What is so scary about McCain is I don't think anybody knows what the man will do. He has always been all over the board on things. Sometimes he has been right on the money - and yet he is so often beyond wrong in very frightening ways. And while I am NOT a fan of the notion of "party loyalty" over conviction, there is a right way and a wrong way to be a "maverick" within one's party. This guy seems to take a delight in undercutting his party and selling it out. For the longest time, I actually wondered if he was some sort of "Trojan horse" for the Democrats - perhaps out of hidden conviction/hostility or perhaps as the result of someone having serious dirt on him and blackmailing him. Now I am not so sure. But I don't think anyone knows what makes him "tick" - and that, more than just his awful positions on things, is what I find so scary about him. At least we have a pretty good idea of what would get if Obama were elected. With McCain - there's just no predicting. He could be better than what we expect or far, far, worse.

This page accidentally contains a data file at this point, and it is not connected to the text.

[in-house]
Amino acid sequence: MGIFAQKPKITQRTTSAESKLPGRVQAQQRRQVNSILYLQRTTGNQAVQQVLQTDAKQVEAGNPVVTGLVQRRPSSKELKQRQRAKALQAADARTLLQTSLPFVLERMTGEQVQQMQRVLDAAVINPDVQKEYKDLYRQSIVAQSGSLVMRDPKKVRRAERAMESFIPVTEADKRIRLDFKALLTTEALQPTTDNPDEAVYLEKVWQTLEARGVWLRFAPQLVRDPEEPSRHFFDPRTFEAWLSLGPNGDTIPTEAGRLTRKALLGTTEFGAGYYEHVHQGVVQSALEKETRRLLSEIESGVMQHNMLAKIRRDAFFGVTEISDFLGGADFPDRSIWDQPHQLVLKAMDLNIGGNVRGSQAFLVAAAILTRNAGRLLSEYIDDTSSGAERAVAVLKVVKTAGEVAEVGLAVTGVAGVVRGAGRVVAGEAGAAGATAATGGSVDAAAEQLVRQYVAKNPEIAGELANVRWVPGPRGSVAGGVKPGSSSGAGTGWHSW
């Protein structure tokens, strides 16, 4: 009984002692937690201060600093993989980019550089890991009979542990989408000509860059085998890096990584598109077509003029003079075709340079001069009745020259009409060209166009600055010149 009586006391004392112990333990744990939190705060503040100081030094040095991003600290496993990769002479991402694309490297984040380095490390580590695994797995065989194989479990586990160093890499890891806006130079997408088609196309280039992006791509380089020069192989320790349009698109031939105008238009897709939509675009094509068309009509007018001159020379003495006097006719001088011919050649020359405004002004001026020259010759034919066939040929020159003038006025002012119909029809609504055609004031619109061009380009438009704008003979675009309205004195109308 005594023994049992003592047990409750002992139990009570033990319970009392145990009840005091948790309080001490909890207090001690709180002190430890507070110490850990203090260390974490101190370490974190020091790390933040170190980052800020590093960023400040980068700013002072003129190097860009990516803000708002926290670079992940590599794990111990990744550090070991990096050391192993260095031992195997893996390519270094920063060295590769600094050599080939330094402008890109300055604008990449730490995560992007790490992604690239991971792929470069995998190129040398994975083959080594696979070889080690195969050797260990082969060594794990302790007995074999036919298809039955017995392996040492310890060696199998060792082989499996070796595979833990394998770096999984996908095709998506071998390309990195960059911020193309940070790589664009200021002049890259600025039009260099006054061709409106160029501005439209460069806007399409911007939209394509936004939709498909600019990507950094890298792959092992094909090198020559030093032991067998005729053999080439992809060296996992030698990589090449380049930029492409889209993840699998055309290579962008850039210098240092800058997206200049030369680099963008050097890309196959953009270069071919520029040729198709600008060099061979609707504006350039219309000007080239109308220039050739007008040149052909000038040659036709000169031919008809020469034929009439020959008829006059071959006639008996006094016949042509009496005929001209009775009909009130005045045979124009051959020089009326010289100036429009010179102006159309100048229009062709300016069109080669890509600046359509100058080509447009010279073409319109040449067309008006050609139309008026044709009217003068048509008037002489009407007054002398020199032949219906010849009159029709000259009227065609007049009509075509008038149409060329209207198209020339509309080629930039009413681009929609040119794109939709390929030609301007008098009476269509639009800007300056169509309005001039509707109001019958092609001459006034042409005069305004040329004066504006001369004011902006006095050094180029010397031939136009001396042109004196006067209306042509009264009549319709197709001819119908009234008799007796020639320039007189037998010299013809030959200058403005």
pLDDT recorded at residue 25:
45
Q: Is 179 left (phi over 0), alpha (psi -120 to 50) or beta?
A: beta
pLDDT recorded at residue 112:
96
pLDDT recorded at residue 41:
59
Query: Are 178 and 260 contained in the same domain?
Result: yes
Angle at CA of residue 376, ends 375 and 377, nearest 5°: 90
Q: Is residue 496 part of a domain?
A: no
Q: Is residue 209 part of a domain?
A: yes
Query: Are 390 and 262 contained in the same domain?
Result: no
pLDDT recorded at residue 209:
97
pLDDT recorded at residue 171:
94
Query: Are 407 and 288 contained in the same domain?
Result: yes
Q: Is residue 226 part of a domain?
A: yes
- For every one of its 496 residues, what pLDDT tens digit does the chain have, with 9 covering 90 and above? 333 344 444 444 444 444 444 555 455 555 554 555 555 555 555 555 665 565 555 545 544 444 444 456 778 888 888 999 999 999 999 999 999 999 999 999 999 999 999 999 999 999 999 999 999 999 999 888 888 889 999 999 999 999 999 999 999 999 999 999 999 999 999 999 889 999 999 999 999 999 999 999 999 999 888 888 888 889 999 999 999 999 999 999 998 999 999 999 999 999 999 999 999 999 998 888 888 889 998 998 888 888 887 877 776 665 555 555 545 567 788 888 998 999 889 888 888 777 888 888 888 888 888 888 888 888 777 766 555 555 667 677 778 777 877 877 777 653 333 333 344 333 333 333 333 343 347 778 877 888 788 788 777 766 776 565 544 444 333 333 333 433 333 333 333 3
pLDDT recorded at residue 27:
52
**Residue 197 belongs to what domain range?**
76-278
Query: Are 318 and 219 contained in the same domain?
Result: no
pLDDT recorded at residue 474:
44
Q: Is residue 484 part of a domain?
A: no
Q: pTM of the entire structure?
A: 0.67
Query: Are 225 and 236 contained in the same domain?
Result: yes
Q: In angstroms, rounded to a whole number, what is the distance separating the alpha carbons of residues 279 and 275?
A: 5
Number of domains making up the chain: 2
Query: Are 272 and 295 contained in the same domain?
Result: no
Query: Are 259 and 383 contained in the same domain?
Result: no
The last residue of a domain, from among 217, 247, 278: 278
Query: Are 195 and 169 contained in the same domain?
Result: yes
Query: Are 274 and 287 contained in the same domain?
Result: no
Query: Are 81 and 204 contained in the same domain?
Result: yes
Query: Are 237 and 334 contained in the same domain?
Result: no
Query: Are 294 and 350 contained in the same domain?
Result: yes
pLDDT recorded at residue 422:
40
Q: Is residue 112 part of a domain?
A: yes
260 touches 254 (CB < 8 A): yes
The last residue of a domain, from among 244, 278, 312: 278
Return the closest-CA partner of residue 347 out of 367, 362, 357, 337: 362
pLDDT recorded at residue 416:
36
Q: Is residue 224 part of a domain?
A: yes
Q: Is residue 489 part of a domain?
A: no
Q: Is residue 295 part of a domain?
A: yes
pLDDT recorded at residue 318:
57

"How can conservatives listen to Sarah Palin and think she is on the side of freedom? She is every bit as ignorant of economics and every bit the statist nightmare that John McCain is"